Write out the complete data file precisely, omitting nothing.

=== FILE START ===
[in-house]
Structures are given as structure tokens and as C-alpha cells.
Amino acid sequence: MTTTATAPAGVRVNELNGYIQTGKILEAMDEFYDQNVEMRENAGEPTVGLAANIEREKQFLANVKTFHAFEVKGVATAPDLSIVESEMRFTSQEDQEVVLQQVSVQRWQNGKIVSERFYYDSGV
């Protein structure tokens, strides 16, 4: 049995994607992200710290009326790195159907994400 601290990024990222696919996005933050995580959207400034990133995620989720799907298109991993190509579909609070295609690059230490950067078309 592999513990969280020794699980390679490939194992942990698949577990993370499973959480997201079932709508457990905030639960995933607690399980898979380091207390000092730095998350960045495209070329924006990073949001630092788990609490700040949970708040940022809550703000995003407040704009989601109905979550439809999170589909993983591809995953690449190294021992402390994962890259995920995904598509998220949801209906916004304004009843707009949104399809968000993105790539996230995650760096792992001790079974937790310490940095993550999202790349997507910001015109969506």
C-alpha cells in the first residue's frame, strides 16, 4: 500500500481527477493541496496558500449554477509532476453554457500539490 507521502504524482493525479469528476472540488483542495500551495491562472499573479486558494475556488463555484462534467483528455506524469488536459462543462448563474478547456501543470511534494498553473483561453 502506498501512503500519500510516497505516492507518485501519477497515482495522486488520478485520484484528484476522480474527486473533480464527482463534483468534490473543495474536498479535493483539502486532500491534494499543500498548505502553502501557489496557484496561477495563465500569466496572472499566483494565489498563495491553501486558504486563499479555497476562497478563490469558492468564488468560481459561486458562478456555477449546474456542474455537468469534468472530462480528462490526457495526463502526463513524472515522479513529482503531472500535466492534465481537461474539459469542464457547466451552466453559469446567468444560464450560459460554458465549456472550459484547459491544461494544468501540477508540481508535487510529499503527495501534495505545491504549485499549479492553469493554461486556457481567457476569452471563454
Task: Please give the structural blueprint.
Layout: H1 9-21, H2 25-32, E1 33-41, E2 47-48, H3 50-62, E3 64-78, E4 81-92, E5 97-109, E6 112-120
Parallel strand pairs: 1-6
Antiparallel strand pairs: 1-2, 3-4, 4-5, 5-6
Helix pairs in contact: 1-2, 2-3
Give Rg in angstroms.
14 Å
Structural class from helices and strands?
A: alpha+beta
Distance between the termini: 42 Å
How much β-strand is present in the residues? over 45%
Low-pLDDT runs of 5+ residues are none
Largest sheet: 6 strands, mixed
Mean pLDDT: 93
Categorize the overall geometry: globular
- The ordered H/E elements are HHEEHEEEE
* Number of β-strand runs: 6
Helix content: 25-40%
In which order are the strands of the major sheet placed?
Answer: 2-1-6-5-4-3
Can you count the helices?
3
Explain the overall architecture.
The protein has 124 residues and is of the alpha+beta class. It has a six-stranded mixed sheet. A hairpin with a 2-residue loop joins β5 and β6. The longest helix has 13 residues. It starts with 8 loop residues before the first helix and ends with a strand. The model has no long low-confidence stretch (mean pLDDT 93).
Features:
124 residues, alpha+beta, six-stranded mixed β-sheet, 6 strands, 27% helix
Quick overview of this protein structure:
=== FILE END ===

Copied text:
[in-house]
Structures are given as structure tokens and as C-alpha cells.
Amino acid sequence: MTTTATAPAGVRVNELNGYIQTGKILEAMDEFYDQNVEMRENAGEPTVGLAANIEREKQFLANVKTFHAFEVKGVATAPDLSIVESEMRFTSQEDQEVVLQQVSVQRWQNGKIVSERFYYDSGV
């Protein structure tokens, strides 16, 4: 049995994607992200710290009326790195159907994400 601290990024990222696919996005933050995580959207400034990133995620989720799907298109991993190509579909609070295609690059230490950067078309 592999513990969280020794699980390679490939194992942990698949577990993370499973959480997201079932709508457990905030639960995933607690399980898979380091207390000092730095998350960045495209070329924006990073949001630092788990609490700040949970708040940022809550703000995003407040704009989601109905979550439809999170589909993983591809995953690449190294021992402390994962890259995920995904598509998220949801209906916004304004009843707009949104399809968000993105790539996230995650760096792992001790079974937790310490940095993550999202790349997507910001015109969506």
C-alpha cells in the first residue's frame, strides 16, 4: 500500500481527477493541496496558500449554477509532476453554457500539490 507521502504524482493525479469528476472540488483542495500551495491562472499573479486558494475556488463555484462534467483528455506524469488536459462543462448563474478547456501543470511534494498553473483561453 502506498501512503500519500510516497505516492507518485501519477497515482495522486488520478485520484484528484476522480474527486473533480464527482463534483468534490473543495474536498479535493483539502486532500491534494499543500498548505502553502501557489496557484496561477495563465500569466496572472499566483494565489498563495491553501486558504486563499479555497476562497478563490469558492468564488468560481459561486458562478456555477449546474456542474455537468469534468472530462480528462490526457495526463502526463513524472515522479513529482503531472500535466492534465481537461474539459469542464457547466451552466453559469446567468444560464450560459460554458465549456472550459484547459491544461494544468501540477508540481508535487510529499503527495501534495505545491504549485499549479492553469493554461486556457481567457476569452471563454
Task: Please give the structural blueprint.
Layout: H1 9-21, H2 25-32, E1 33-41, E2 47-48, H3 50-62, E3 64-78, E4 81-92, E5 97-109, E6 112-120
Parallel strand pairs: 1-6
Antiparallel strand pairs: 1-2, 3-4, 4-5, 5-6
Helix pairs in contact: 1-2, 2-3
Give Rg in angstroms.
14 Å
Structural class from helices and strands?
A: alpha+beta
Distance between the termini: 42 Å
How much β-strand is present in the residues? over 45%
Low-pLDDT runs of 5+ residues are none
Largest sheet: 6 strands, mixed
Mean pLDDT: 93
Categorize the overall geometry: globular
- The ordered H/E elements are HHEEHEEEE
* Number of β-strand runs: 6
Helix content: 25-40%
In which order are the strands of the major sheet placed?
Answer: 2-1-6-5-4-3
Can you count the helices?
3
Explain the overall architecture.
The protein has 124 residues and is of the alpha+beta class. It has a six-stranded mixed sheet. A hairpin with a 2-residue loop joins β5 and β6. The longest helix has 13 residues. It starts with 8 loop residues before the first helix and ends with a strand. The model has no long low-confidence stretch (mean pLDDT 93).
Features:
124 residues, alpha+beta, six-stranded mixed β-sheet, 6 strands, 27% helix
Quick overview of this protein structure: